July 26, 2013

International Affairs Budget Update, 7-26-13

This week the House and Senate Appropriations Committees reported out their FY14 State-Foreign Operations Appropriations bills, taking dramatically different approaches in both the total amount of funding provided and the prioritization of programs.

To start with, the Senate appropriations bill for State-Foreign Operations is $10 billion above the House level.  The Senate provides $50.6 billion for State-Foreign Operations, including $44.1 billion for base programs and $6.5 billion for Overseas Contingency Operations (OCO).  These levels in the Senate measure are about the same as current sequestered levels and 2% below the President’s request.  Overall, the Senate bill provides funds at or near the FY14 request for most accounts, but with significant increases (+$1.63 billion) for humanitarian programs and sharp reductions (-$1.97 billion) for agency operations and assistance in the Frontline States of Afghanistan, Pakistan, and Iraq.

In contrast, the $40.6 billion House bill – $34.1 billion for the base and $6.5 billion for OCO – falls 19.9% below current post-sequestration spending and 21.4% under the President’s FY14 request.  The House measure concentrates and prioritizes funds in three areas: diplomatic security, global health, and security assistance.  For nearly all other accounts and activities, the House plan makes deep cuts, particularly for multilateral programs.

Snapshot: Major Differences between House and Senate Bills



Embassy Security: 0.6% difference USAID Operating Expenses:  12.2% difference
Security Assistance: 0.6% difference Development Assistance: 20.2% difference
Global Health: 3.3% difference Economic Support Fund: 34.8% difference
Millennium Challenge Corporation: 21.9% difference
Humanitarian Assistance:  35.6% difference
Int’l Organization Contributions: 58.8% difference
Peacekeeping: 15.4% difference
Int’l Financial Institutions:  63.9% difference

Markup Details
The House Appropriations Committee Wednesday approved its FY14 bill by voice vote after voting down several amendments offered by Committee Democrats to restore funding for several accounts. These amendments included:

  • An amendment offered by Representative Adam Schiff (D-CA) to fully fund the International Organizations and Programs account;
  • An amendment offered by Representative Mike Honda (D-CA) to fully fund the Contributions to International Peacekeeping Activities account and allow for an increase in the assessed UN peacekeeping rate paid by the U.S. to the UN;
  • An amendment offered by Representative Debbie Wasserman-Schultz (D-FL) to increase funding for several International Financial Institutions; and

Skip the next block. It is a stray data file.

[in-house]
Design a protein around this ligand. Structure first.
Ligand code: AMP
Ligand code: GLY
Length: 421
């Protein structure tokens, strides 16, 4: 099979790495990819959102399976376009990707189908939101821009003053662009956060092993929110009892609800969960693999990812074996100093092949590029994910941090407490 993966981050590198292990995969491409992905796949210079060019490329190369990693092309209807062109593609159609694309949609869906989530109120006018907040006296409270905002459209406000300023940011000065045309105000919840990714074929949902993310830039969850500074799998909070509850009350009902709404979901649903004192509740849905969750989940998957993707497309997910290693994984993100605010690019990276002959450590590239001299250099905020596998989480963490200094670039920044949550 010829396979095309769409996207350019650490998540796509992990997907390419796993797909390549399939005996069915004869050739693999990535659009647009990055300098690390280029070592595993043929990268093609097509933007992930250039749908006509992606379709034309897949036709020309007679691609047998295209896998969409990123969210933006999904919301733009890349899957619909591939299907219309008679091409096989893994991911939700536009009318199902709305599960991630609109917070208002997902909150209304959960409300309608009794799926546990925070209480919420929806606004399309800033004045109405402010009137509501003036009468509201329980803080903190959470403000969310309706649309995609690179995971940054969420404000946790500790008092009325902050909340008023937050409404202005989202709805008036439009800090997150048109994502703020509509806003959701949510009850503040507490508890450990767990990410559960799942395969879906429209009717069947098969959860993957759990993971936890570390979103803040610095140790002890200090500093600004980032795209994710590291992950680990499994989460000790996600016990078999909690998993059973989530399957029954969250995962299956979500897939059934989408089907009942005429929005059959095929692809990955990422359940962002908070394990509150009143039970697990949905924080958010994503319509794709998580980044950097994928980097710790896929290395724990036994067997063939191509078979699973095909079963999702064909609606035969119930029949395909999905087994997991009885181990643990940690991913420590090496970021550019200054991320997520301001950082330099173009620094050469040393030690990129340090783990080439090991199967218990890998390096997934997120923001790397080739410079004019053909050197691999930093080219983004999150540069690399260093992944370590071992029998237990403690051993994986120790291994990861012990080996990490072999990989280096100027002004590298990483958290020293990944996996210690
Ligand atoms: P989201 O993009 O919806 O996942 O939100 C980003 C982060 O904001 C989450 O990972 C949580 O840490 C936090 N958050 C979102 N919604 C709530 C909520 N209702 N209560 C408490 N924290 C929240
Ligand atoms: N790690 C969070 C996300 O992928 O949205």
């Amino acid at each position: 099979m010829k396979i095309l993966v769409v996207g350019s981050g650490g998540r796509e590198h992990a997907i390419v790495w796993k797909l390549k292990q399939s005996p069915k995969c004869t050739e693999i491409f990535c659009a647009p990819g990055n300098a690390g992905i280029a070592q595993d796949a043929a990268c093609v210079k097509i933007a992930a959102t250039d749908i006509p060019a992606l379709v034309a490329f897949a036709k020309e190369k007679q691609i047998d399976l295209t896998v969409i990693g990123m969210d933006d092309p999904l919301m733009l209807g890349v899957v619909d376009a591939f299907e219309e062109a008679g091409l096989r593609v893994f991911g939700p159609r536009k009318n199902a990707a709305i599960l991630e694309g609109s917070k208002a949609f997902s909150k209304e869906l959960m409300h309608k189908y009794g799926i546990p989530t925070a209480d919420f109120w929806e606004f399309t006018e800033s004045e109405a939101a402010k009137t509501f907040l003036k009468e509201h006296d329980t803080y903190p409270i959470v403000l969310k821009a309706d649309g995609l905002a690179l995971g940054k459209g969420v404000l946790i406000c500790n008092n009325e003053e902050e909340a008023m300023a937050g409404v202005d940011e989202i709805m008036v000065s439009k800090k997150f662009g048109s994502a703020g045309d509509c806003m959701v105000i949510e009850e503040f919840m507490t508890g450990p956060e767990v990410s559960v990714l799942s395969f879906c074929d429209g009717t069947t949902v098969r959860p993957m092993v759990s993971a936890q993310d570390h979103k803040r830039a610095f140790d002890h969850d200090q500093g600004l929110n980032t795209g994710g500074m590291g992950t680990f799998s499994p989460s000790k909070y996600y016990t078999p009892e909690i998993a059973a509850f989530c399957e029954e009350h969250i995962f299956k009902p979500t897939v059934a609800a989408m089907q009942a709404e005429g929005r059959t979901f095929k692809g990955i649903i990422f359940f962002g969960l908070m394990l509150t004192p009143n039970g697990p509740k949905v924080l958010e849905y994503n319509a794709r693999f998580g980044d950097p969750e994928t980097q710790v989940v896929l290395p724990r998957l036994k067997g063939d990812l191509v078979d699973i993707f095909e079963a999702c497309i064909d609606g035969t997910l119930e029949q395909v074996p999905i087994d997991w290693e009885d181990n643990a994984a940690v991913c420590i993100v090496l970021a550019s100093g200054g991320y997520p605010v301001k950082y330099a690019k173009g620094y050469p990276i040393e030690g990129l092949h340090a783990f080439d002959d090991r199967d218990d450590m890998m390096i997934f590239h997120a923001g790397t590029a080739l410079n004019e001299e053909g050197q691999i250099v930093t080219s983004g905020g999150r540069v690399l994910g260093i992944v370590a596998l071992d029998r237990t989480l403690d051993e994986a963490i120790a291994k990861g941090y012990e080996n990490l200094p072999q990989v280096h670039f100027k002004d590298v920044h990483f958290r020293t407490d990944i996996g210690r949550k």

• Amendments offered by Representatives Rosa DeLauro (D-CT), Barbara Lee (D-CA) and Nita Lowey (D-NY) to restore funding for the UN Population Fund (UNFPA).

The Committee adopted three amendments:

  • A manager’s amendment offered by Chairwoman Kay Granger (R-TX) concerning several miscellaneous issues;
  • An amendment offered by Representative Jack Kingston (R-GA) that would withhold a portion of Secretary Kerry’s salary until the State Department submits a plan regarding the recommendations of a July 2013 report by the Special Inspector General for Afghanistan Reconstruction (SIGAR); and
  • An amendment offered by Representative Barbara Lee (D-CA) to ensure that the development and implementation of PEPFAR country ownership plans take into account the capabilities and unique circumstances of each country.

The Senate Appropriations Committee approved the measure yesterday morning by a vote of 23-7, following the Subcommittee’s approval on Tuesday by voice vote.  Seven of the Committee’s 14 Republicans voted in favor of the measure: Senators Thad Cochran (R-MS), Susan Collins (R-ME), Lisa Murkowski (R-AK), Lindsey Graham (R-SC), Mark Kirk (R-IL), Roy Blunt (R-MO), and Jerry Moran (R-KS).

During the markup, adopted amendments included:

  • An amendment offered by Senator Jeanne Shaheen (D-NH) to permanently eliminate the Mexico City Policy/Global Gag Rule (agreed to 19-11);
  • An amendment offered by Senator Graham to direct the Secretary of State, in consultation with congressional leaders, to consider sanctions against any country that grants asylum to NSA leaker Edward Snowden (agreed to by voice vote);
  • An amendment offered by Senator Pat Leahy (D-VT) to allow U.S. funding for helping the International Criminal Court pursue Lord’s Resistance Army head Joseph Kony, Sudanese President Omar Al-Bashir and Syrian strongman Bashar al-Assad (agreed to 17-12); and
  • An amendment offered by Senator Mary Landrieu (D-LA) to provide funding to the World Heritage Committee, an entity under the purview of the United Nations Educational, Scientific and Cultural Organization (UNESCO) (agreed to 19-11).

Click here for a detailed analysis of the House and Senate bills.